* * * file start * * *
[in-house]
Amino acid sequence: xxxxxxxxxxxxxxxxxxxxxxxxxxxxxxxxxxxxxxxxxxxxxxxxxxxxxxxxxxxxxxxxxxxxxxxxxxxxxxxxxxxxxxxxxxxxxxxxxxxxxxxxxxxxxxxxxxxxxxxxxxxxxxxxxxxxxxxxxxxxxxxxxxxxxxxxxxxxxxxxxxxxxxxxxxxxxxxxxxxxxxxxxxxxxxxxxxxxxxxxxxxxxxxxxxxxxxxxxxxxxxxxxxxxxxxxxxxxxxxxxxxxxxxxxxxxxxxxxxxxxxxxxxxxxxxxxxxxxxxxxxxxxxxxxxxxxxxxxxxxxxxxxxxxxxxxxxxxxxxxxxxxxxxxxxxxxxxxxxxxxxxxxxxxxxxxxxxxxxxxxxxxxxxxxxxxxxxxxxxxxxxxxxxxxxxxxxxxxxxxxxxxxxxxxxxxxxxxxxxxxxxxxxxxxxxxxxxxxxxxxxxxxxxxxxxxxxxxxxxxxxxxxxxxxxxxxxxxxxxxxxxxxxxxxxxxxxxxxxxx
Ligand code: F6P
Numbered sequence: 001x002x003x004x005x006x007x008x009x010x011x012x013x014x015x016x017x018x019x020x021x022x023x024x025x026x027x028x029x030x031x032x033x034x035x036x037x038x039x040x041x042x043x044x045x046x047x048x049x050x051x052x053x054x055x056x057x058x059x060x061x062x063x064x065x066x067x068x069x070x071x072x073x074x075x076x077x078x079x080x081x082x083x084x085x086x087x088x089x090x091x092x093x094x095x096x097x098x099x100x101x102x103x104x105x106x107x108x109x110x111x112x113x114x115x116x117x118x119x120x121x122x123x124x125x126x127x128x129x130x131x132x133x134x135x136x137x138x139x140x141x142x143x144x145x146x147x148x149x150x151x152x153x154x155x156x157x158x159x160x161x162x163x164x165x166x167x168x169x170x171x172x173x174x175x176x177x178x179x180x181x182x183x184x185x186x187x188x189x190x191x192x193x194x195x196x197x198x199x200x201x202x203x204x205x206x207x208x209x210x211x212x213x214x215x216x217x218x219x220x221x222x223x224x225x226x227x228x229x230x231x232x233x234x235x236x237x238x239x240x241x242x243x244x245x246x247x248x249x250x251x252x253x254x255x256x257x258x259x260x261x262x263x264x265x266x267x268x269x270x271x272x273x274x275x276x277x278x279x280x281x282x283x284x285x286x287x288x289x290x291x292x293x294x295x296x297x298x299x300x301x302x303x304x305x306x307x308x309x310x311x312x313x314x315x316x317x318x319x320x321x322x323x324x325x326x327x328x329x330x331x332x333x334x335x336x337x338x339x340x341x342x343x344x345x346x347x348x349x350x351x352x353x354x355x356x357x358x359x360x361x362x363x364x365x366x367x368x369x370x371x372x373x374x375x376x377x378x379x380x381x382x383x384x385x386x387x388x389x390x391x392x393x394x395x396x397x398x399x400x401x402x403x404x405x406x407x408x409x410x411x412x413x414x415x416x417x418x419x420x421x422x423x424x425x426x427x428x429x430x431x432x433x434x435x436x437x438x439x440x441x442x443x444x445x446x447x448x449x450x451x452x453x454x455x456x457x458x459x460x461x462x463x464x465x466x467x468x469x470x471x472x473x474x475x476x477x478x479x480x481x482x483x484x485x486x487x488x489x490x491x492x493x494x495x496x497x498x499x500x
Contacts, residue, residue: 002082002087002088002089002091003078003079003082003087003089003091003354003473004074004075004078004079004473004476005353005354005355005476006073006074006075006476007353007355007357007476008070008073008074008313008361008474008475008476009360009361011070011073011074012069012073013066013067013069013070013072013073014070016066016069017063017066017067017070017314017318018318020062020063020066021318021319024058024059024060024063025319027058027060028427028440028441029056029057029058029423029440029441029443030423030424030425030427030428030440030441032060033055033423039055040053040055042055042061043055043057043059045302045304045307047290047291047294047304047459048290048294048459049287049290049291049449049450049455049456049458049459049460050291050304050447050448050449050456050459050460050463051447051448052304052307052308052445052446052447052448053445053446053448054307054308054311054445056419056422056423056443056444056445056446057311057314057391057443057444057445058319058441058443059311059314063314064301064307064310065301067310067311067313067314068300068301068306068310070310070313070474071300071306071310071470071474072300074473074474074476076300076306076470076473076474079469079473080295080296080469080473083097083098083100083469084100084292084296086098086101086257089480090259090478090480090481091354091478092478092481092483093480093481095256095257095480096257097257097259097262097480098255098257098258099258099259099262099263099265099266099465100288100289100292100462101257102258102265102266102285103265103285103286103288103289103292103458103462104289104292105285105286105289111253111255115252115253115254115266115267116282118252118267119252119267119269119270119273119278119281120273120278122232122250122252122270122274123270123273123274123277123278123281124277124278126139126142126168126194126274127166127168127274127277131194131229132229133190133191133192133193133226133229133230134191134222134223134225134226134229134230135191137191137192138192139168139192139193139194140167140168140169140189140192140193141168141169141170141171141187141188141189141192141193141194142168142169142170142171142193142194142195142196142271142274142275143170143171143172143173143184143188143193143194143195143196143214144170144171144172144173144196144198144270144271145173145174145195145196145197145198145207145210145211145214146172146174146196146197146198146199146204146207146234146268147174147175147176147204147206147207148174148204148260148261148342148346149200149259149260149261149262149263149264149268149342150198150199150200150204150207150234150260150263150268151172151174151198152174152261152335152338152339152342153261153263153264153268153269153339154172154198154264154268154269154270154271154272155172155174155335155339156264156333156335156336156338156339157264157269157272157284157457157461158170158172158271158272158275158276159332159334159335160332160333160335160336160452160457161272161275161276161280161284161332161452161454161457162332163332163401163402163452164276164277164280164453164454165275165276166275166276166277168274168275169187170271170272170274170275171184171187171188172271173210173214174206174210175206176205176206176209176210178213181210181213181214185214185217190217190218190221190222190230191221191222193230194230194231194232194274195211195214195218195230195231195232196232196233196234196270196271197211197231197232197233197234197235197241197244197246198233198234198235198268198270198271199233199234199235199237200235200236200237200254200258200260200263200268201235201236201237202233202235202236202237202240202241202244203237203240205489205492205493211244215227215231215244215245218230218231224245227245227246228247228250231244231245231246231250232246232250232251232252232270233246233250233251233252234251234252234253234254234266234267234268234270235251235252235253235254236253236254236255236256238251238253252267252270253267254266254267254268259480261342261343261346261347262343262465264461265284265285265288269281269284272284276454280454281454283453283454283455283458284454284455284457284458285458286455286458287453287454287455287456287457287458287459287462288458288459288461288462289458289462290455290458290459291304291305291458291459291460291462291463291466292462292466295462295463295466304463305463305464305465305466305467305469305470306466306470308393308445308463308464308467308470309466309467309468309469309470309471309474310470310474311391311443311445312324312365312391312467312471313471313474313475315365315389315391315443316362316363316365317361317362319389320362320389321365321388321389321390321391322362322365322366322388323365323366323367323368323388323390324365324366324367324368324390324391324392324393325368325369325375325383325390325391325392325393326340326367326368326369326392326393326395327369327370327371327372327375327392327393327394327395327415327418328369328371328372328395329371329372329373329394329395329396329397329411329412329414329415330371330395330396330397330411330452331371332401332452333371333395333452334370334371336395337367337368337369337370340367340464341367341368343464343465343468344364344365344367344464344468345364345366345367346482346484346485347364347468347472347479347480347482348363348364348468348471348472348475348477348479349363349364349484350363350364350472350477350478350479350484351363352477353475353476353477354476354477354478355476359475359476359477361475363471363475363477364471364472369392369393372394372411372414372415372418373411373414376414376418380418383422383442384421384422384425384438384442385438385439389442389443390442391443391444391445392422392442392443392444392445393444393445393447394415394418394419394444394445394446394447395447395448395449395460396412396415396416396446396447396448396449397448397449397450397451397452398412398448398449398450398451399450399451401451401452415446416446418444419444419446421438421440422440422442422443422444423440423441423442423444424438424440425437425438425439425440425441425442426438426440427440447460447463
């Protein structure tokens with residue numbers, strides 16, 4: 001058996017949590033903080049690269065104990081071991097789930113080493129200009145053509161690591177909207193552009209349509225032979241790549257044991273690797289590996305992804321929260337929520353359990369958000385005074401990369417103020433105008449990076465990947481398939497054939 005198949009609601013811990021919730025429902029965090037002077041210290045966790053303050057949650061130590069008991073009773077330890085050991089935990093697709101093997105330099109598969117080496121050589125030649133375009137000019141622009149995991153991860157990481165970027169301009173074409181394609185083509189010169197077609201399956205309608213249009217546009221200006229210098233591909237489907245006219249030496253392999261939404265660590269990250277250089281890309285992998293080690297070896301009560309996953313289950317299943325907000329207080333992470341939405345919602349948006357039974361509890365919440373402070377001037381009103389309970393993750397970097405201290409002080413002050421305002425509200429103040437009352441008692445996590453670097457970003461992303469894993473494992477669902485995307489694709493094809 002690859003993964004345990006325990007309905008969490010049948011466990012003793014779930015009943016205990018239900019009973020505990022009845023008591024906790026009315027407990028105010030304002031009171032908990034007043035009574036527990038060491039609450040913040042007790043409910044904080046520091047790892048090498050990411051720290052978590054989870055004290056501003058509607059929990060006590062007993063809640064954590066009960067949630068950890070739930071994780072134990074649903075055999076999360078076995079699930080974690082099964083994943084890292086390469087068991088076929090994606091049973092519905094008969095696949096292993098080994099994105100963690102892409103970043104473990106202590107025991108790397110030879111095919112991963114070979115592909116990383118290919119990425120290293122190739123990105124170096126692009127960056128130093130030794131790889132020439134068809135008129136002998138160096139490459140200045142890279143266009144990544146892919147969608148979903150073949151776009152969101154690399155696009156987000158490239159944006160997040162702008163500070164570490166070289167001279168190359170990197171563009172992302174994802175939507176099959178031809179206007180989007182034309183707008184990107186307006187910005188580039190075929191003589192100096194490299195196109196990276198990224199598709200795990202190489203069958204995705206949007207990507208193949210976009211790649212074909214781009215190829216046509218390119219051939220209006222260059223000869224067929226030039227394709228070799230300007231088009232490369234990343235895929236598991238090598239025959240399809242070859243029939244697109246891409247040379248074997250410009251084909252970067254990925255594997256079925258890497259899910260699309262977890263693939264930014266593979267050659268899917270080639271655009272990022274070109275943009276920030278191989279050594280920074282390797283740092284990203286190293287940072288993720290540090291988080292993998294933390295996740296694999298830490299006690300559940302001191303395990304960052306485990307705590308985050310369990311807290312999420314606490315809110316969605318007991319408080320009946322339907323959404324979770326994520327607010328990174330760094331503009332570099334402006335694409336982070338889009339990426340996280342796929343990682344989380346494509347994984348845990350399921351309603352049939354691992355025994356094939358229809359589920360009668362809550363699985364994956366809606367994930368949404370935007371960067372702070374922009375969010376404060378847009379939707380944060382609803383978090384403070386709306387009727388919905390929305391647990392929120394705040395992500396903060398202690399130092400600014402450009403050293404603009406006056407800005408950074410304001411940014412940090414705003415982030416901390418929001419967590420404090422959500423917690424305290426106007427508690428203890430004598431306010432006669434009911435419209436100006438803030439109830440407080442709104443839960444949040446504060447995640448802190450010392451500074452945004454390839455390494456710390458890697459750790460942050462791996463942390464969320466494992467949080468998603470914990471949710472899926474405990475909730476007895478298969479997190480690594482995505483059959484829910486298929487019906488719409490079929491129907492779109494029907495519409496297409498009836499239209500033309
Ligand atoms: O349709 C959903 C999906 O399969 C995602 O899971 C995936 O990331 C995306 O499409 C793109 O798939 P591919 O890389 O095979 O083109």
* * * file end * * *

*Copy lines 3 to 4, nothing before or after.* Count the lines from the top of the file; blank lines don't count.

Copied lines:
Ligand code: F6P
Numbered sequence: 001x002x003x004x005x006x007x008x009x010x011x012x013x014x015x016x017x018x019x020x021x022x023x024x025x026x027x028x029x030x031x032x033x034x035x036x037x038x039x040x041x042x043x044x045x046x047x048x049x050x051x052x053x054x055x056x057x058x059x060x061x062x063x064x065x066x067x068x069x070x071x072x073x074x075x076x077x078x079x080x081x082x083x084x085x086x087x088x089x090x091x092x093x094x095x096x097x098x099x100x101x102x103x104x105x106x107x108x109x110x111x112x113x114x115x116x117x118x119x120x121x122x123x124x125x126x127x128x129x130x131x132x133x134x135x136x137x138x139x140x141x142x143x144x145x146x147x148x149x150x151x152x153x154x155x156x157x158x159x160x161x162x163x164x165x166x167x168x169x170x171x172x173x174x175x176x177x178x179x180x181x182x183x184x185x186x187x188x189x190x191x192x193x194x195x196x197x198x199x200x201x202x203x204x205x206x207x208x209x210x211x212x213x214x215x216x217x218x219x220x221x222x223x224x225x226x227x228x229x230x231x232x233x234x235x236x237x238x239x240x241x242x243x244x245x246x247x248x249x250x251x252x253x254x255x256x257x258x259x260x261x262x263x264x265x266x267x268x269x270x271x272x273x274x275x276x277x278x279x280x281x282x283x284x285x286x287x288x289x290x291x292x293x294x295x296x297x298x299x300x301x302x303x304x305x306x307x308x309x310x311x312x313x314x315x316x317x318x319x320x321x322x323x324x325x326x327x328x329x330x331x332x333x334x335x336x337x338x339x340x341x342x343x344x345x346x347x348x349x350x351x352x353x354x355x356x357x358x359x360x361x362x363x364x365x366x367x368x369x370x371x372x373x374x375x376x377x378x379x380x381x382x383x384x385x386x387x388x389x390x391x392x393x394x395x396x397x398x399x400x401x402x403x404x405x406x407x408x409x410x411x412x413x414x415x416x417x418x419x420x421x422x423x424x425x426x427x428x429x430x431x432x433x434x435x436x437x438x439x440x441x442x443x444x445x446x447x448x449x450x451x452x453x454x455x456x457x458x459x460x461x462x463x464x465x466x467x468x469x470x471x472x473x474x475x476x477x478x479x480x481x482x483x484x485x486x487x488x489x490x491x492x493x494x495x496x497x498x499x500x